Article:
Now Dr. Coburn is Blocking Autism Research

September 22, 2011 12:49 pm ET — Jamison Foser

Sen. Tom Coburn

Sen. Tom Coburn (R-OK) is so proud of his career as a medical doctor — during which he was accused of performing involuntary sterilization and committing Medicaid fraud — that his Senate office refers to him using the honorific "Doctor" rather than "Senator." Not that Coburn is always respectful of the medical profession: He once said he favors the death penalty for doctors who perform abortion. As a senator, Coburn's extraordinary efforts to block legislation (including health care reform and benefits for 9/11 first responders) have won him the nickname "Doctor No."

If it seems odd for a senator who takes pride in being a doctor to block legislation that increases access to health care, take a look at what Coburn is blocking now:

The Senate should follow the House's lead and pass bipartisan legislation that would extend federal autism research programs for the next three years, Rep. Chris Smith said Wednesday.

The Mercer County Republican's comments were directed at a small group of conservative senators — led by GOP Sens. Jim DeMint of South Carolina and Tom Coburn of Oklahoma — who are blocking an autism bill sponsored by Sen. Robert Menendez, D-N.J.

Smith, co-author of an identical measure that passed the House unanimously Tuesday, said a prolonged holdup in the Senate would slow research into the developmental brain disorder.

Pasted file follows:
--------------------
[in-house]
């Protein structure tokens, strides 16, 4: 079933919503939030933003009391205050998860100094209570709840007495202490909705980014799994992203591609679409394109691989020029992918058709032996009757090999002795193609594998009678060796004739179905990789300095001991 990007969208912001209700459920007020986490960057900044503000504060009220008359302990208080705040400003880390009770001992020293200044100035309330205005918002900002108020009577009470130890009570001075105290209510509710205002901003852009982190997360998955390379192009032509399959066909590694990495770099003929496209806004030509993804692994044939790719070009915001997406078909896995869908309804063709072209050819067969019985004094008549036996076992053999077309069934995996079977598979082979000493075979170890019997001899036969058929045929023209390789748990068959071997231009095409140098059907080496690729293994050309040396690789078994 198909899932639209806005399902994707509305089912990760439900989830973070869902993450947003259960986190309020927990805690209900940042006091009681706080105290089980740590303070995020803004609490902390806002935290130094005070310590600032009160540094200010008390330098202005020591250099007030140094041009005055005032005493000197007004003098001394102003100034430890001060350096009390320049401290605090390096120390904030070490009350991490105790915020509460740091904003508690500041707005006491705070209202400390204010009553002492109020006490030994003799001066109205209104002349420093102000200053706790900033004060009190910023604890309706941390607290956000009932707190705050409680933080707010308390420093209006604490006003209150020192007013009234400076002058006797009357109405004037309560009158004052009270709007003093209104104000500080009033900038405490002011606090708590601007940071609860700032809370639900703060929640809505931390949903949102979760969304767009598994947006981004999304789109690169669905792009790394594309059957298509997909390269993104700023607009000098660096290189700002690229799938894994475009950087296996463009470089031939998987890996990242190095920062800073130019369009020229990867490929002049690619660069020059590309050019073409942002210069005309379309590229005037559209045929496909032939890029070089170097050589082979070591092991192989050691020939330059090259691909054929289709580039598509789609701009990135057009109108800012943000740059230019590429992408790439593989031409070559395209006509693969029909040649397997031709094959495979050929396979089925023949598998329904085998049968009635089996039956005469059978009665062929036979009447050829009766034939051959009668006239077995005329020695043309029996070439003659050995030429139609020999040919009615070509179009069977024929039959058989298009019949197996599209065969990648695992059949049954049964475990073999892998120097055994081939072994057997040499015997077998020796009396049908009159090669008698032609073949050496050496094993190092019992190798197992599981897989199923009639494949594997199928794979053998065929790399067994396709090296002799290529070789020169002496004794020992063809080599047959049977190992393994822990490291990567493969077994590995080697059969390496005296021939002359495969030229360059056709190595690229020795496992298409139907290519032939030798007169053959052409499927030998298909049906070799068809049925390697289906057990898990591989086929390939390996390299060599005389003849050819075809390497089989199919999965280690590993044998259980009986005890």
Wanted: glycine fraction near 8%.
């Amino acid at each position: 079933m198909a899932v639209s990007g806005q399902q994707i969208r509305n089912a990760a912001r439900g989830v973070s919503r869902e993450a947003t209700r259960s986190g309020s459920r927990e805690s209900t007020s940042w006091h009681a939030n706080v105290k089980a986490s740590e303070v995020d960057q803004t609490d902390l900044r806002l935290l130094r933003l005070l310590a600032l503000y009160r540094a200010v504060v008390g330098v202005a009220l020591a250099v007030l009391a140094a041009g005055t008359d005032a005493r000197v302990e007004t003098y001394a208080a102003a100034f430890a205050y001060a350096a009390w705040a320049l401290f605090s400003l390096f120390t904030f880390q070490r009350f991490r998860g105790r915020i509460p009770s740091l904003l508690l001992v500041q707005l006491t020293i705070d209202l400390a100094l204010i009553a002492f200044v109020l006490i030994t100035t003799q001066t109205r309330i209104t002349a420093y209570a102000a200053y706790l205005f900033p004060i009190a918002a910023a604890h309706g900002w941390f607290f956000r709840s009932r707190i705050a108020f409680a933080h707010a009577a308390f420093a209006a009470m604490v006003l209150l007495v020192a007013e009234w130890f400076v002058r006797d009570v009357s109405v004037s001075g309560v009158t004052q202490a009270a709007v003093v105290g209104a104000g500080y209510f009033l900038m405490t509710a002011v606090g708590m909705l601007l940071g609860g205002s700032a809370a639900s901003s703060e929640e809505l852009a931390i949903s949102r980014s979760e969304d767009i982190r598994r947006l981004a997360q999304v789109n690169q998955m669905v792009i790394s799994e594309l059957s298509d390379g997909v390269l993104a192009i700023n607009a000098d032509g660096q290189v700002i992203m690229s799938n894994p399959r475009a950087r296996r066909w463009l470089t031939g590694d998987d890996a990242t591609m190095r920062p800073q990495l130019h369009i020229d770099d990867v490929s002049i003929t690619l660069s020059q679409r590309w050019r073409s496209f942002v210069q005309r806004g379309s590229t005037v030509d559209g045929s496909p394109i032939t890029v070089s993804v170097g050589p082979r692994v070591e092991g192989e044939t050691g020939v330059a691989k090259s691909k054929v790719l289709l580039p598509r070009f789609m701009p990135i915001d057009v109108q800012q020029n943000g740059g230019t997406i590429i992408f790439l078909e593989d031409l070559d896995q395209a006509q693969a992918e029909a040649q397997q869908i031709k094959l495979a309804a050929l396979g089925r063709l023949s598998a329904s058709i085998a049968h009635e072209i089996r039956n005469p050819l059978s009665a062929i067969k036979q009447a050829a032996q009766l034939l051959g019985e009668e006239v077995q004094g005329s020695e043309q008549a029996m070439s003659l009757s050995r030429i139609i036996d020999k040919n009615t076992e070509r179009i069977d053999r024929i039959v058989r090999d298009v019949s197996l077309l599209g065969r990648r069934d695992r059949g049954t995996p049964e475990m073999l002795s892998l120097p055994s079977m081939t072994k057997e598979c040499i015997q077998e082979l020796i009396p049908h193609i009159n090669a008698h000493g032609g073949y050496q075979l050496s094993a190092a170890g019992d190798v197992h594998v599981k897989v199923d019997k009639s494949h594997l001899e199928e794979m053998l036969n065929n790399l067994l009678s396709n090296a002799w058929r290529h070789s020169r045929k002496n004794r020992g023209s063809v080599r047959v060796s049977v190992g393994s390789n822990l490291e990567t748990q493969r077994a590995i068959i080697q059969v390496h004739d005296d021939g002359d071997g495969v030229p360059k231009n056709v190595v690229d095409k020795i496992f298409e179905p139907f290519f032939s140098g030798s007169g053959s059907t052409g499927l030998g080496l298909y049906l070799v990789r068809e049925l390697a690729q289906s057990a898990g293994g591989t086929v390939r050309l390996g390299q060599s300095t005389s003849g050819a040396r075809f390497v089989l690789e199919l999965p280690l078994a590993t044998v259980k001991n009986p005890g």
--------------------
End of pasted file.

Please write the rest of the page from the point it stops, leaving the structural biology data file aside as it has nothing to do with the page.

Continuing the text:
"There is very suggestive research as to what the genetic factors might be, what (are) the environmental factors," Smith told reporters. "But more research needs to be done — and the sooner the better."

DeMint and Coburn have placed holds on the legislation, reportedly because they oppose "disease specific" legislation — a complaint their fellow Republican, Rep. Chris Smith (NJ), does not find compelling:

[T]heir biggest objection is that Menendez wants Congress to pay for research into a specific ailment. If the Republicans don't withdraw their objection to what they call "disease specific" legislation, Menendez's bill won't come up for a vote.

Aides to Menendez and Coburn met Wednesday to work on a compromise, but Coburn and DeMint were maintaining their holds.

Smith said opponents raised the same objections to "disease-specific" legislation in 1999, when he introduced his first autism bill. But Congress eventually passed the autism-research measures, Smith said, proving that those objections are "yesterday's argument."

It may seem odd for Coburn, who regularly assails scientific research that uses federal funding in ways he doesn't like, to take the position that Congress shouldn't specify the purpose of research funding, but consistency has never been Coburn's strong point.

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